I'm not a doctor but…
Cycling injury, recovery and health issues.
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I've only recently started road riding and as such my legs have gone from zero to hero... Well, from zero in any case I'm very happy with how all the cycling is improving my fitness and helping tone and build my lower muscles, but whilst the arms do get a bit of a workout on the hills I feel my upper half is missing out! I used to do a fair bit of rock climbing to keep my arms, chest, back, shoulders etc in check but now I just really don't have the time (and I'd rather be cycling). Anyway, last week I started a little regime of push-ups, crunches, and pull-ups - just 3 small sets of 10-15 reps a couple of times a week. I am planning to keep this up and add more reps as I'm comfortable but I was wondering what other cyclists do to build and tone their upper body? I really don't like gyms, as much as I don't mind gym equipment, also the cost is a deterrent when push ups are done for free on my floor... Do you guys do nothing, gym sessions, or something altogether different?? Only real reason I ask is that I see myself growing bored of the pushups/crunches after a few weeks and giving up on them, plus I have a metal plate in my wrist and it doesn't always feel pretty when lifting half my weight Wouldn't mind a more interesting alternative.
I think you are on the right track. My physio recommended three exercises for upper body strength maintenance when on the bike for hours every week.
- upper body push = 30-60 pushups as one or two sets. hindu pushup for variation and two flex/extend lower back. To make them harder, come down more on one hand and come up on the opposite. If you have a plate in your wrist, experiment doing push ups on a closed fist, a seat bench or log, or rope suspended from above with wood or steel rod to hold onto.
- upper body pull = 30-50 inclined pull up as one or two sets (or chin up or pull up if strong enough 10-20 reps) I do the inclined pull ups under banana bars on cycling trails or fence rails.
- bicycle crunch for abdominal strength
- forward and side lunges, and step ups (working towards one legged squat) to build accessory hip and knee extensors.
- stretches for hip flexor, gluts, adductors, quads, calf, neck joints.
Apart from chin ups and pull ups on an overhead bar, these exercises should not bulk your upper body up. They will help preserve calcium in your bones for when you hit the bitumen, and help preserve or build better posture.
Yes, they might be boring, but 3 x a week is adequate as a conditioning and maintenance stimulus.
There's also variations for all of these, and if you do them during or after a ride, it doesn't seem such a boring chore.
Winston is on the money, I do most of what he has mentioned and every couple months do a cycle of what I know as "The Evil Russian's Pushup program"
Mon: 100% test, relative intensity (RI) 30% Set frequency (SF) 60 min
Tues: RI 50% SF 60 min
Wed: RI 60% SF 45 min
Thurs: RI 25% SF 60 min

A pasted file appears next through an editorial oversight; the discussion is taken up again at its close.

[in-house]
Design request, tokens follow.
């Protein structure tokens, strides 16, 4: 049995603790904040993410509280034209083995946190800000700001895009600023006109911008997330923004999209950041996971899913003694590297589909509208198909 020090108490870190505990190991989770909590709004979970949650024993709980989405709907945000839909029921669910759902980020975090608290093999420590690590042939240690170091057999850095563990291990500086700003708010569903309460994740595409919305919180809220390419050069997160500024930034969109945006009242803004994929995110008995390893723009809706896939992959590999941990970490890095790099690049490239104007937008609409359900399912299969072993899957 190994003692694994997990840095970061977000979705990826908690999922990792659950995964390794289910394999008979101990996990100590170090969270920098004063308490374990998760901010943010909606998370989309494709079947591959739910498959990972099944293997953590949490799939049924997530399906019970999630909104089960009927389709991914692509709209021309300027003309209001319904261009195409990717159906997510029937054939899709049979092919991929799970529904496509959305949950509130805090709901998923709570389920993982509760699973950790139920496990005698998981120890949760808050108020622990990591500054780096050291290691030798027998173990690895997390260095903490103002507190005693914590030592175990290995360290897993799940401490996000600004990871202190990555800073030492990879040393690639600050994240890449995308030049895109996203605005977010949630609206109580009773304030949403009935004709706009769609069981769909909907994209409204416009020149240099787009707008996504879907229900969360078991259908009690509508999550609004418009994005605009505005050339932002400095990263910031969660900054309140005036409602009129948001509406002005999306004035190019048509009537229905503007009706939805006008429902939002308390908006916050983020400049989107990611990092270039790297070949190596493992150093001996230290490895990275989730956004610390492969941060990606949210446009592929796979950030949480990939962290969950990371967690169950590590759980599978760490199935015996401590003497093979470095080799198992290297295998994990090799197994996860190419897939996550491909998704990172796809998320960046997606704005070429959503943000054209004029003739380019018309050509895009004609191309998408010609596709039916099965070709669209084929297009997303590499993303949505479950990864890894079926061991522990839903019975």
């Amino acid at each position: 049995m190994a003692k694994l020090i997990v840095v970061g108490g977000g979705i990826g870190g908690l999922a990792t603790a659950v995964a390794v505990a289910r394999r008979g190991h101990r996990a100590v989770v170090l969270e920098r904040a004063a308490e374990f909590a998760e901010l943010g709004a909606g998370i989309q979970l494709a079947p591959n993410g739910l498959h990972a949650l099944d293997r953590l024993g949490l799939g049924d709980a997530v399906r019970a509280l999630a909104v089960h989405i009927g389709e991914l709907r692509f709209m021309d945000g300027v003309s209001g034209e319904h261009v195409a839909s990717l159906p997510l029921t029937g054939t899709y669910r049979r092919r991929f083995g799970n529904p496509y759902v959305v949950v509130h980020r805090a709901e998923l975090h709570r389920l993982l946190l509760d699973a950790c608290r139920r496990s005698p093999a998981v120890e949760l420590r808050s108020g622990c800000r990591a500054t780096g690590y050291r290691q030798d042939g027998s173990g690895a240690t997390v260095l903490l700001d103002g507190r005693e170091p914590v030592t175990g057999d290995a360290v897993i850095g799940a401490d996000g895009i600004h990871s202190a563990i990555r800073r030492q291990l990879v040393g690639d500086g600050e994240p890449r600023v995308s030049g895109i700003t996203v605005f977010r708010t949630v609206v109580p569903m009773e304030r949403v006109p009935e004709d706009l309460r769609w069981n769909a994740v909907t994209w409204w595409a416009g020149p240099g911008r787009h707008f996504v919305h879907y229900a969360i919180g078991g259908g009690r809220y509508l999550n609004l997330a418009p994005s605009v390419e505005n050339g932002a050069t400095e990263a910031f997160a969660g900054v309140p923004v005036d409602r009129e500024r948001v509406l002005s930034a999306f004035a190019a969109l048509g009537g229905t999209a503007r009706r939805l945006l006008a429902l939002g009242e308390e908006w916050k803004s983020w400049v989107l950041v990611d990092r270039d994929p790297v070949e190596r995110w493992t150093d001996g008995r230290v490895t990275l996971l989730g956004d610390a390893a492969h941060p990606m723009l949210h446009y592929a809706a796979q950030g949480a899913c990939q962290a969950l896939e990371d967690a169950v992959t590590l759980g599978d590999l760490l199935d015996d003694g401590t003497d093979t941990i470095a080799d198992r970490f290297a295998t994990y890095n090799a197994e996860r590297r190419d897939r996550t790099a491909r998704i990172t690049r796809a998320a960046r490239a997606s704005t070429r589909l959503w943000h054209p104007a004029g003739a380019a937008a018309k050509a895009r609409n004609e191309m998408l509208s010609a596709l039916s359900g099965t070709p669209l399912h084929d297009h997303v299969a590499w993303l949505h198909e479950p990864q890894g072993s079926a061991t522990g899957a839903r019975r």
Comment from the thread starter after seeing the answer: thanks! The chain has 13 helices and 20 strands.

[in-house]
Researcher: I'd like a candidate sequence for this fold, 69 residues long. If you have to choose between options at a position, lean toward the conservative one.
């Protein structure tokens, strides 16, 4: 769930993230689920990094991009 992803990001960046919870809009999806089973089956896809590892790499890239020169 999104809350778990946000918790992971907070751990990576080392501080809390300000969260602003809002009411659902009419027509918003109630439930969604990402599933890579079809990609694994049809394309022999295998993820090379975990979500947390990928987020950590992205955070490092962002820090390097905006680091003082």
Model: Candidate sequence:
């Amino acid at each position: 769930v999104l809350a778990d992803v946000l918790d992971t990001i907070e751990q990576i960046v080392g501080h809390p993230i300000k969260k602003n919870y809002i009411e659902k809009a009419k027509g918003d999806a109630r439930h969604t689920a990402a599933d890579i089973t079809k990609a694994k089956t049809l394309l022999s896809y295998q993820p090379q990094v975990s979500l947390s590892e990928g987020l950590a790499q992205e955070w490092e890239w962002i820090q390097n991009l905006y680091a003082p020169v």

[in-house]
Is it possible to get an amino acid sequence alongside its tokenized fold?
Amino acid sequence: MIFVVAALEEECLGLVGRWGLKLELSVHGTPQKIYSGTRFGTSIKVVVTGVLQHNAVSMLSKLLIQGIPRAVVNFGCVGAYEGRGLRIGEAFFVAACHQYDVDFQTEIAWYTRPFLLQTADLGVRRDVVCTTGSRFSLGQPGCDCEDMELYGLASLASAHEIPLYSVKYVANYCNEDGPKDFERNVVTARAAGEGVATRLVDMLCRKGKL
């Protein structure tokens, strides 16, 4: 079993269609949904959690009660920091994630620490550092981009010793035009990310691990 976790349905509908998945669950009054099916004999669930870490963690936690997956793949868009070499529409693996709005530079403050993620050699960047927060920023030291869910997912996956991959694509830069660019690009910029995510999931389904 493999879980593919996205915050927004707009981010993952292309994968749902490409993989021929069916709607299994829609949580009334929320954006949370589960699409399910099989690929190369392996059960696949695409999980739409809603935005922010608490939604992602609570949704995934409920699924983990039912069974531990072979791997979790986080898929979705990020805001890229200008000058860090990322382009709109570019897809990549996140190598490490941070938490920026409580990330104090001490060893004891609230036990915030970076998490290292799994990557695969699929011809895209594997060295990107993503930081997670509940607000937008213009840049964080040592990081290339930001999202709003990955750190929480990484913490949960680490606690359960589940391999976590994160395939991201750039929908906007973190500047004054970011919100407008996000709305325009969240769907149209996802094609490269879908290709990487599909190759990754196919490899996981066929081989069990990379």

Fri: RI 45% SF 30 min
Sat: RI 40% SF 60 min
Sun: RI 20% SF 90 min
Mon: 100% test RI 35% SF 45min
Tues: RI 55% SF 20 min
Wed: RI 30% SF 15 min
Thurs: RI 65% SF 60min
Fri: RI 35% SF 45 min
Sat: RI 45% SF 60 min
Sun: RI 25% SF120 min
Mon: 100% test
There is no such thing as firming and toning. Just stronger and weaker.
Annoying macho gym guy aside, crunches are real bad. Really really bad. Half the patients we get into our physio clinic are dudes who did crunches and busted their backs. Great for getting time off work, not so great for anything else Hanging leg raises compress your spine alot less, and work your abdominals even better. (maybe go to a kids part and try them).
You could always buy a mountain bike for upper body strength; it's nice out on the trails, and gives you much better control on the roads/track. I race triathlons, and feel better turning sharp because of mountain biking (plus, your arms get shredded).
Something interesting; your arms are great for dissipating lactate, so if you can raise your tolerance through 'burning' sets, (3 x 200 biceps curls of your bicycle?) you can raise your inter-exercise recovery
What are these salesmen peddling?
Thanks for the replies guys, truly very helpful!
I'll definitely give the closed fist/bench pushups a crack Winston. I'm sure the fist will help a lot actually, it only feels a bit "off" when my hands down flat and stretched out. Wayfarer, thanks for the insight on crunches. I have to admit, they do feel bloody horrible. That's the only part of the workout regime that I really hate, that bicycle crunch/hanging leg raise looks a lot beter. I've got a steel girder holding up my ceiling I can do that off too which is convienent. It does work as a chinup bar too, but I pulled a muscle in my neck this morning tilting my head to the side so I could pull all the way up and not hit the roof I've been thinking about buying a MTB, I used to race DH at a national level so I'm no stranger to the dirt - I just don't know that I'd have enough time to actually ride it to justify buying one! Be nice on the weekend though Trickle, that's a well thought out program, do you guys generally just make your own programs up or go and see a PT to devise one? I've never really trained properly for a sport, as far as considering nutrition, heart rates, etc etc but I'm getting more and more into it through this cycling - maybe it's time to go see a pro and see what they think would suit me...